• 17 Posts
Joined 1 year ago
Cake day: June 17th, 2023

  • In an ideal world a flatpak could register the cli commands it wants to present to the user, and some alternatives system could manage which flatpak gets which command if there were collisions.

    This has been my dream ever since I discovered Flatpak. I wish it becomes the case one day.

    It’s good that there has been partial progress in that direction. Let me give an example with the Floorp browser. I can do a flatpak install floorp and I can do a killall floorp and they will work. If we can somehow get a way of accessing flatpaks as if they’re regular packages via the terminal (is it possible to build a program to do this and have it packaged as a flatpak?; Maybe a program that creates a oneliner script to act as an “alias” in a directory (within $HOME so it works on immutable systems) that gets added to $PATH), that would be amazing!

  • I’ll answer what I know:

    Yes, you can run Minecraft on Linux. There are both official and unofficial, paid and free versions.

    For Java Edition, there’s an official launcher.

    For Bedrock, there’s an unofficial bedrock launcher that uses a Google Play account with a Minecraft License.

    For Java for free, there are cracked launchers that download as jar files and work great.

    For Bedrock for free, I just wouldn’t bother. I’m big into piracy, and even I just gave up and bought a license from Google Play Store. If you want to give it a shot, you can find a launcher that takes x86 apks, but it’s near impossible to find x86 apks that work, and the only ones I found were from super old versions, like pre-1.16.

  • Do you have any idea how hard it is to go from Linux to Windows?

    I do. It’s a MASSIVE Pain in the ass, especially if you’re looking for minimalism, performance and a tiling window manager, as Windows can’t provide either of these.

    And there’s also the spyware and other stuff. I just remember hating one of my lecturers in college for using Visual Studio in the first year (Y1), and using Excel in Y2, for the modules she taught, meaning I had to use Windows for them. Luckily, for the first assignment in Y1, and the second assignment in Y2, I didn’t actually need Windows, and for the second assignment of Y1, I just did it in class on the college’s Windows machines. But Y2, first assignment I did a Windows dualboot cuz I unfortunately didn’t have time to do it in class.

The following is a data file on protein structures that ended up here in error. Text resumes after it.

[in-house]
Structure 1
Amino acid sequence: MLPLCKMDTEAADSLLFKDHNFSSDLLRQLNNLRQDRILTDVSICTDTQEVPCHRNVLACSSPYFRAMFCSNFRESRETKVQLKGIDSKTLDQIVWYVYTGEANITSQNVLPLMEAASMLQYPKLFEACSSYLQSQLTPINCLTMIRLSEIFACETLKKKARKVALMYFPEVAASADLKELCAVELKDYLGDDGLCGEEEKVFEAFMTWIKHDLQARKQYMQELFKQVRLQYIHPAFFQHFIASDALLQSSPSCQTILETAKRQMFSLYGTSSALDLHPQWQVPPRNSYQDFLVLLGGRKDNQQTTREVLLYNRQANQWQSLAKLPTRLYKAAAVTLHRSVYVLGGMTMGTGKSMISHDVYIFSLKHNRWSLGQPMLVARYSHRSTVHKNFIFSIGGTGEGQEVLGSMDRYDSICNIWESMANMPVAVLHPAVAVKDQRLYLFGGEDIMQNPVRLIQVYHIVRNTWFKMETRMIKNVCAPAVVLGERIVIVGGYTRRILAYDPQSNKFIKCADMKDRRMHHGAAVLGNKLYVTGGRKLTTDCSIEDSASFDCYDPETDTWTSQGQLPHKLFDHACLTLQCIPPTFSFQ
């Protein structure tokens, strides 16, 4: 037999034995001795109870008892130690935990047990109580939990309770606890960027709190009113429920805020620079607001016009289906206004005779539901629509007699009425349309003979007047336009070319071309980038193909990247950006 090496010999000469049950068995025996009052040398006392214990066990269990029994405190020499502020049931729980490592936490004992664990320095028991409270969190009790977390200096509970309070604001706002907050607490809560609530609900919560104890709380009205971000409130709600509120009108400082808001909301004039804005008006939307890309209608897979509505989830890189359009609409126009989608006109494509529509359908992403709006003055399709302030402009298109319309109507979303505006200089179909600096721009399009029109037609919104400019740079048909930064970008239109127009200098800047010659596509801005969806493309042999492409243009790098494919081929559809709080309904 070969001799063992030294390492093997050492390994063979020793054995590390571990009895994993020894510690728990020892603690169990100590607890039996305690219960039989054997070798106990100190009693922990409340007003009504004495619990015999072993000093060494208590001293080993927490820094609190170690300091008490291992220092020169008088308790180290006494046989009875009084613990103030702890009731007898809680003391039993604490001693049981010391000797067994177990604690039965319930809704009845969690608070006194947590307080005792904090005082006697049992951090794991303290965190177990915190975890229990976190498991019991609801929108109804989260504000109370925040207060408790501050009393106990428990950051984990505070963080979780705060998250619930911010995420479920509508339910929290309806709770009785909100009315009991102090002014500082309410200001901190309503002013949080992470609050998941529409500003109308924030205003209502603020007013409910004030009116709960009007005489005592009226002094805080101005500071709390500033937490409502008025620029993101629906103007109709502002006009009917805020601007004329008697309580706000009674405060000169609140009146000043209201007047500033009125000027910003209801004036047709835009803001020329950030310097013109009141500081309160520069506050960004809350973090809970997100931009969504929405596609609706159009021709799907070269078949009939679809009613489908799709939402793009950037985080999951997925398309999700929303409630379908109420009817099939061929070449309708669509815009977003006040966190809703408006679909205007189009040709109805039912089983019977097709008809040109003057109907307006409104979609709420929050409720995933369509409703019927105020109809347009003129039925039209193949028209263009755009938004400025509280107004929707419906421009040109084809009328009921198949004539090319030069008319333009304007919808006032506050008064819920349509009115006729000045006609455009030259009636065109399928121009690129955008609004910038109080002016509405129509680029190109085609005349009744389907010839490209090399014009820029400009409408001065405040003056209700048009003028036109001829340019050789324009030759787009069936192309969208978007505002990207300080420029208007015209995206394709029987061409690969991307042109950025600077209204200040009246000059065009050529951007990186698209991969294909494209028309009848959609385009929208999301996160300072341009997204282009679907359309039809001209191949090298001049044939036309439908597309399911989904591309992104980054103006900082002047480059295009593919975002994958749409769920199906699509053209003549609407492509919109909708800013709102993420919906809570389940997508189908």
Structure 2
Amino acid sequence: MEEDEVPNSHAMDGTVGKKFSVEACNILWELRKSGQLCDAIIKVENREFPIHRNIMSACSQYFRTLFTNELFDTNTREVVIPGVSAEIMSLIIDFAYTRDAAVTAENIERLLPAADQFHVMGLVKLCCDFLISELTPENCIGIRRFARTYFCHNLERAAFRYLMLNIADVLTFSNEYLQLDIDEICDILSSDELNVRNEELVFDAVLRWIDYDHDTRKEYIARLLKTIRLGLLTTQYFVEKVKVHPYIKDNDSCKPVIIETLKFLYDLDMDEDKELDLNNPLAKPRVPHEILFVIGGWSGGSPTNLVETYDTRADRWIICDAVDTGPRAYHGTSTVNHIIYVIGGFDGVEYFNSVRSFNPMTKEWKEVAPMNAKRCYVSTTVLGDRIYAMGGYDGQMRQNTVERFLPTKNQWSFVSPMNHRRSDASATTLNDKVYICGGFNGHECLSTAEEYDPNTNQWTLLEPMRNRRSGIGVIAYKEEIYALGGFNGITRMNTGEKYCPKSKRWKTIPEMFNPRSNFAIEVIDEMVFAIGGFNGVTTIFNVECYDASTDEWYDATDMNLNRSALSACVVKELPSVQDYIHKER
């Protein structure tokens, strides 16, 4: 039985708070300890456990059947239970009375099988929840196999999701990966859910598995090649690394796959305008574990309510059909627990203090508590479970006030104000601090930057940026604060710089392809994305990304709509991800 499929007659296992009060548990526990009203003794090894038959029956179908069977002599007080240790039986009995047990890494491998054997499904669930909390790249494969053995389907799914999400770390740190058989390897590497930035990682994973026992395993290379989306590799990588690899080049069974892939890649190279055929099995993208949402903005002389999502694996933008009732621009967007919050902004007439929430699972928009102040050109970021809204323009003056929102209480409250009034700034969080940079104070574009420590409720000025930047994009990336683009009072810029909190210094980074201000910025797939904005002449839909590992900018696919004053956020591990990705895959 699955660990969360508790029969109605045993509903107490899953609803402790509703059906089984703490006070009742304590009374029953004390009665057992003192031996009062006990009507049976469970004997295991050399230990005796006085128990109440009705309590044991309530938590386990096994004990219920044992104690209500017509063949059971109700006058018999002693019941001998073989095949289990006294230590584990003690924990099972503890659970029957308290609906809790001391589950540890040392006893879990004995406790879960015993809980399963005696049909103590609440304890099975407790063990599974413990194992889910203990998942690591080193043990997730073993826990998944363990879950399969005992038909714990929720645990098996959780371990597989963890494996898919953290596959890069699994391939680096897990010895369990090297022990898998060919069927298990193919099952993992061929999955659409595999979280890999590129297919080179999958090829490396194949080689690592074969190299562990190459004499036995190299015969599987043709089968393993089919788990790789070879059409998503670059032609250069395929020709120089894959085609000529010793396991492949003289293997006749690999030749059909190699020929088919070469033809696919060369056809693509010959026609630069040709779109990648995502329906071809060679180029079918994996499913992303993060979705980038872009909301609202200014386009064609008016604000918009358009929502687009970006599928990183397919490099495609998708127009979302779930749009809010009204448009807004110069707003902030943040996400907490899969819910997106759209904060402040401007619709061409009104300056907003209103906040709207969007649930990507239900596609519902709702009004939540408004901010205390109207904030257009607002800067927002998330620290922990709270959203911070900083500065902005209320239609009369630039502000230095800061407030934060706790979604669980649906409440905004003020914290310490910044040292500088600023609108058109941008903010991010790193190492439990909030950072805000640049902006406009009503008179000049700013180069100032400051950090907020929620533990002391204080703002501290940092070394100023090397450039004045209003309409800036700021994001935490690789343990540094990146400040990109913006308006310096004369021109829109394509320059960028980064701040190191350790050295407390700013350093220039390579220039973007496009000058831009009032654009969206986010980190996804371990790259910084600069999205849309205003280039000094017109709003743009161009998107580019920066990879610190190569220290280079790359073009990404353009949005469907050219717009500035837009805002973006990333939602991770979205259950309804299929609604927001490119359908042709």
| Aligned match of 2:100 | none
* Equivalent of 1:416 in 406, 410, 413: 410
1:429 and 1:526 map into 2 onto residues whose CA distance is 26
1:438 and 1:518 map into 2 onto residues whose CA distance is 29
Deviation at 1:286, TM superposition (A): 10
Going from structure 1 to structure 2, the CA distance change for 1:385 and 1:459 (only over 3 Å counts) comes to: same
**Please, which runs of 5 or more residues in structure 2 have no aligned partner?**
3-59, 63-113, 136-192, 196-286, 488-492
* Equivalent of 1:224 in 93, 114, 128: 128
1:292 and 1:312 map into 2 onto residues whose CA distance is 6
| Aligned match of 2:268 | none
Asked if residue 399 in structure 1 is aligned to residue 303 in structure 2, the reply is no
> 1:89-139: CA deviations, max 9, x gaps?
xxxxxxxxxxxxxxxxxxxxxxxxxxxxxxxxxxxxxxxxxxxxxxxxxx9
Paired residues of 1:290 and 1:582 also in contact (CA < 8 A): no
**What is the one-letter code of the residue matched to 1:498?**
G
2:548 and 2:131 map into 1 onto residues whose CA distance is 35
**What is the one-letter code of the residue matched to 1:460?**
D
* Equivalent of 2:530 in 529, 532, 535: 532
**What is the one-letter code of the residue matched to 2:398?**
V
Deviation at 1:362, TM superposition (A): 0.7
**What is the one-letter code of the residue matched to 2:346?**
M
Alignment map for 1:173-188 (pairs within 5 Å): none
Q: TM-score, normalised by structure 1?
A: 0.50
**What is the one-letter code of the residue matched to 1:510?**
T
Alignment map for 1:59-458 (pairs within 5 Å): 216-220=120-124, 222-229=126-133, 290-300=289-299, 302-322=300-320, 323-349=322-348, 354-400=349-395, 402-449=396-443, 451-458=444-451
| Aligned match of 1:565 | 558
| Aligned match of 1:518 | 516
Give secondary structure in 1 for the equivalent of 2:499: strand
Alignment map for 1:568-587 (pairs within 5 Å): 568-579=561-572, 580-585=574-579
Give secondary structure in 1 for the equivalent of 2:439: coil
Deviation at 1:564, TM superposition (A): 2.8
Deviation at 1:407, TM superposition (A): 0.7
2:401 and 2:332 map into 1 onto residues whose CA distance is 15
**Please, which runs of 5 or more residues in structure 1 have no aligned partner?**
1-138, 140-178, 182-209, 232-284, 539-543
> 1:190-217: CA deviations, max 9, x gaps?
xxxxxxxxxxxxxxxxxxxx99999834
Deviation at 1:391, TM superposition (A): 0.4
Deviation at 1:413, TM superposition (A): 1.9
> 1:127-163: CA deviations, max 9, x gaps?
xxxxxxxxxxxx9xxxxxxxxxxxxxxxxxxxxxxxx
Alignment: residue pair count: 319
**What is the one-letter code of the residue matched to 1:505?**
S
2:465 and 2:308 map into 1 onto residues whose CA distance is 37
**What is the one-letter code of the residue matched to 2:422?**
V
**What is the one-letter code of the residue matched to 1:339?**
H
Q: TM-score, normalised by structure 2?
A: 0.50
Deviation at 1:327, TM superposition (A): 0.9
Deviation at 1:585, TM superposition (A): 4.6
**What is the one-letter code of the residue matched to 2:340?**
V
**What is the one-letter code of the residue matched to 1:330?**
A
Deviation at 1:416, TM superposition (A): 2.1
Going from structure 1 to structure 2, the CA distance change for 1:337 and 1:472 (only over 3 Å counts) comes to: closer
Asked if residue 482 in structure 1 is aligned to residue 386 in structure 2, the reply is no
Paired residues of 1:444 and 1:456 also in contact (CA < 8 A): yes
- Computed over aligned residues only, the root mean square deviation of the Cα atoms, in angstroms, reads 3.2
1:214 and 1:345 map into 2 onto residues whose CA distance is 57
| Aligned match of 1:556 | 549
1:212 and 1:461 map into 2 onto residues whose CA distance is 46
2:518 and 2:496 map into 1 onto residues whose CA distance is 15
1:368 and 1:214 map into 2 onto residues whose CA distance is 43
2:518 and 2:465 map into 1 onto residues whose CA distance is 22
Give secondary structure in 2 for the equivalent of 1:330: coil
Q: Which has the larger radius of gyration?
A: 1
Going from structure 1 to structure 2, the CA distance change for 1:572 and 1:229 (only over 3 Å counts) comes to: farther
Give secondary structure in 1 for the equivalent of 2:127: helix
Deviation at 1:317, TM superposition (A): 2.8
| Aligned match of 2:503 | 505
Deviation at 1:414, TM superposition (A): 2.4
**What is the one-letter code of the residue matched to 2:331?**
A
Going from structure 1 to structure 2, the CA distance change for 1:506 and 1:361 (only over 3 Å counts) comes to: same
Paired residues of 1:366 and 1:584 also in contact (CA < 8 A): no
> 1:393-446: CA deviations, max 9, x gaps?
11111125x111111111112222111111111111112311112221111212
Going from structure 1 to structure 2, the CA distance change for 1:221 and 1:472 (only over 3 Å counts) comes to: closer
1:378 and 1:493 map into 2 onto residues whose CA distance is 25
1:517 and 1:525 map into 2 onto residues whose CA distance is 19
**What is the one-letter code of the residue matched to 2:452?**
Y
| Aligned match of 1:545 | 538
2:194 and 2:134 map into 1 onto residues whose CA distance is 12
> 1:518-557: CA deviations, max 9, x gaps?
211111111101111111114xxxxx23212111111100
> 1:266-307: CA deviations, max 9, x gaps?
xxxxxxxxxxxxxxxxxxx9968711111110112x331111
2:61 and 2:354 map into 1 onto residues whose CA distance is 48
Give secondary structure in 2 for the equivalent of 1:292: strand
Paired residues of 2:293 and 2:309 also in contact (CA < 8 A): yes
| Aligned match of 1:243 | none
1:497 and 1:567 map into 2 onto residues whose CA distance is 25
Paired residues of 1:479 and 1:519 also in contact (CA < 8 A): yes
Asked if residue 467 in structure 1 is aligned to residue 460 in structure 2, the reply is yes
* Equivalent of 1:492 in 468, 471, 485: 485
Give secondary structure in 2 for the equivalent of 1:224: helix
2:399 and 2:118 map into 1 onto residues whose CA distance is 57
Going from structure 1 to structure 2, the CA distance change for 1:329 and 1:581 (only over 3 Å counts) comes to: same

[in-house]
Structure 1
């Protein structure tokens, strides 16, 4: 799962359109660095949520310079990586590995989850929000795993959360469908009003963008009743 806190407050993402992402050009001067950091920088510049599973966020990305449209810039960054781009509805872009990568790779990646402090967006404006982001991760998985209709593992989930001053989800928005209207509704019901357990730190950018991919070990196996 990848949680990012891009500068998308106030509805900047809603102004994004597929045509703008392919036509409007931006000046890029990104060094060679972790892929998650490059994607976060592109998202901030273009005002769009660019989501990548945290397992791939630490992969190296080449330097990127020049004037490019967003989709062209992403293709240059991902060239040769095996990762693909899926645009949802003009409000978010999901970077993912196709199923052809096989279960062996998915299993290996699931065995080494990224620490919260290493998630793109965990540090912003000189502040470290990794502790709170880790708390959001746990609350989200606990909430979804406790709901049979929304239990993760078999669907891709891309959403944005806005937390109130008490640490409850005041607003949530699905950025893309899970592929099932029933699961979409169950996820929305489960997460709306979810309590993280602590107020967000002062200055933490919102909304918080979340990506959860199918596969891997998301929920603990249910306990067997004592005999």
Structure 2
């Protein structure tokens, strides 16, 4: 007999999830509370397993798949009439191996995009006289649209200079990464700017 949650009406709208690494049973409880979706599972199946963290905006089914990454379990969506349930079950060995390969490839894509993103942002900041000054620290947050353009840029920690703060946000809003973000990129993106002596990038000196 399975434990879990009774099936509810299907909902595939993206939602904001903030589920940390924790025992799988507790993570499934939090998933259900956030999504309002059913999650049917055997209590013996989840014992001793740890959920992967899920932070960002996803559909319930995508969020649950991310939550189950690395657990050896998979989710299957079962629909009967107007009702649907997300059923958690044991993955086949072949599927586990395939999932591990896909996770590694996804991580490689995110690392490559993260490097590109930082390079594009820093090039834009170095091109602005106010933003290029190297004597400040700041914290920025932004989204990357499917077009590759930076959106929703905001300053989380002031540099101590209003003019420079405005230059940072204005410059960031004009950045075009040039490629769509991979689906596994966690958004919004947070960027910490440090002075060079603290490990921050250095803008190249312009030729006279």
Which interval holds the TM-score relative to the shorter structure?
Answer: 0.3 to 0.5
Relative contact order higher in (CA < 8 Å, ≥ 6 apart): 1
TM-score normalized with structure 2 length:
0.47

Anyways, point is that I associate Windows with bad memories. While I associate Linux with good ones.

  • NixOS is immutable, so I can’t compile from source (I needed a specific Assembly Editor for university and it only supported full system installation, I could not get it working on NixOS). I desired a static release, so I was switching to NixOS, but then there’d be something I can’t be bothered to figure out or weird issues, so I’d switch back to Arch. But then my desire for a stable static release would return.

    So on and so forth until I figured out Fedora is perfect. It lacks the 1337 Haxor feel of an advanced distro, and dnf is super slow (First thing I do on a new Fedora install now is get dnf5), AND my SDDM theme broke on Fedora but worked everywhere else (something to do with qt5-qtgraphicaleffects), but I rewrote the theme, aliased dnf to dnf5, and I still get the 1337 haxor feel by using my own scripts, including a bemenu logout script, which makes me feel like a boss when I use it, for some reason, probably because I wrote it myself.

  • Windows XP -> Windows 7 -> Windows 10 -> Linux Mint -> Manjaro -> ArcoLinux -> Arch -> Arco -> Arch -> Arco -> NixOS -> Arch -> Ubuntu (beginning of 2023) -> NixOS -> Arch -> NixOS (summer 2023) -> Debian (for a month when beginning University), -> NixOS -> Arch -> NixOS -> Fedora (in Jan/Feb 2024, seems like it could be the one) -> Void (wanted to love it but I hated my few days in it) -> Arch (temporarily, waiting for the COPR repos on Fedora to update its packages for F40) -> Fedora 40 (where I still am)

    Going from Windows XP to Linux Mint took over a decade. Going from Mint to Fedora 40 took about 2 years.